Break Outside the Box: Fantastical Self-Catering Retreats in France

Break Outside the Box: Fantastical Self-Catering Retreats in France

There’s nothing like a home from home. With designers persistently upping the ante, why settle for vanilla digs when you could stay somewhere extraordinary? Rhiannon Rees looks at the properties that are taking self-catering retreats to the next level


You don’t need to be a Tolkien fan to fall head over heels for Hobbiton. The fictional village is every nature lover’s dream: a plunging green landscape freckled with trees and curious grassy knolls – and beneath these knolls, the cosiest dens one could imagine, marked by circular doors and tiny porthole windows.

La Domaine de la Pierre Ronde. Photo: Alain Doire/ Bourgogne-Franche-Comté

In the (very real) Morvan Regional Natural Park, Burgundy, you’ll find France’s answer to Bag End. Run by entrepreneurial couple Yannick Boisfard and Gaëlle Lajugée, Domaine de la Pierre Ronde offers a range of fun and fantastical accommodation, from yurts to hobbit homes. Hidden in the thickets, Tirquiet is the perfect option for couples looking to venture off the beaten path. Positioned near Lake Chamboux on the woodland fringes (and, of course, tucked under a small hill), it comes with a double bed, snug living room and gorgeous bath tub for long, blissful soaks. A stone’s throw away, Tirquiet’s big sister, Sbot, is designed for larger parties. With two double beds, a single bed, large feasting table and plenty of games, it’s the perfect family getaway.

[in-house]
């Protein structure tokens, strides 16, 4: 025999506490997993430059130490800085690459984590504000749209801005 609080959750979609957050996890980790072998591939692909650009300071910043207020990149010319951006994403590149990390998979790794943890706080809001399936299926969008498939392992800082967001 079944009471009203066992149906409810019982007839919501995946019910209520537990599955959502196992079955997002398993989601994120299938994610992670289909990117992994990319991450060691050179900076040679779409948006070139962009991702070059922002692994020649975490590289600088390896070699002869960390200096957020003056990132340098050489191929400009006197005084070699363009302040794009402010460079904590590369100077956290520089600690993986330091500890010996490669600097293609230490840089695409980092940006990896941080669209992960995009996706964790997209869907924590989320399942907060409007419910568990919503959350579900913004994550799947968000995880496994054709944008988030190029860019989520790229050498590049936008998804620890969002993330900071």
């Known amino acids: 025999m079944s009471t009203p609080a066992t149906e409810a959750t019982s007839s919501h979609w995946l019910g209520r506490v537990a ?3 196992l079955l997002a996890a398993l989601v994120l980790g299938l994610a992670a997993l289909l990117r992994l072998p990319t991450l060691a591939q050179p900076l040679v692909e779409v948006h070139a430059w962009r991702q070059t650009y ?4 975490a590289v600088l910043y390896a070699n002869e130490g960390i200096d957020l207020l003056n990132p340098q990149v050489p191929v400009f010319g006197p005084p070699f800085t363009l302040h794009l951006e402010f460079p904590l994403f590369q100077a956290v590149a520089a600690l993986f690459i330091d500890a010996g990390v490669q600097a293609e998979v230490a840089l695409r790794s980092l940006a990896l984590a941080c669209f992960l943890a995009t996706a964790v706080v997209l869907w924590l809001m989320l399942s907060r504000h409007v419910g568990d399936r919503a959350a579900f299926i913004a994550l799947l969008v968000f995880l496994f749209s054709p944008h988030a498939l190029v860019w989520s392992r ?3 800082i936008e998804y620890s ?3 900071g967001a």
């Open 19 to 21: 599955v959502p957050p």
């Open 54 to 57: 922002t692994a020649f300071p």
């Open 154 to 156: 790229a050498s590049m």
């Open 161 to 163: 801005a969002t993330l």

La Domaine de la Pierre Ronde. Photo: Alain Doire/ Bourgogne-Franche-Comté

Well, almost perfect. No matter how thoroughly you may poke around the many nooks and crannies of these wee dwellings, you won’t find a fridge or kitchen anywhere. Meal options are available, but for the self-sufficient traveller it’s an invitation to be creative. Whether or not you truly get into character by baking some Lembas bread for the road, there’s plenty of scope to enjoy food brought from home. Alternatively, why not take advantage of the on-site barbecue? There’s no simpler pleasure in life than cooking up a storm with loved ones on a balmy summer’s eve.

Tirquiet: From €155. Sbot: From €150.

Villa Cheminée. Photo: Fotolia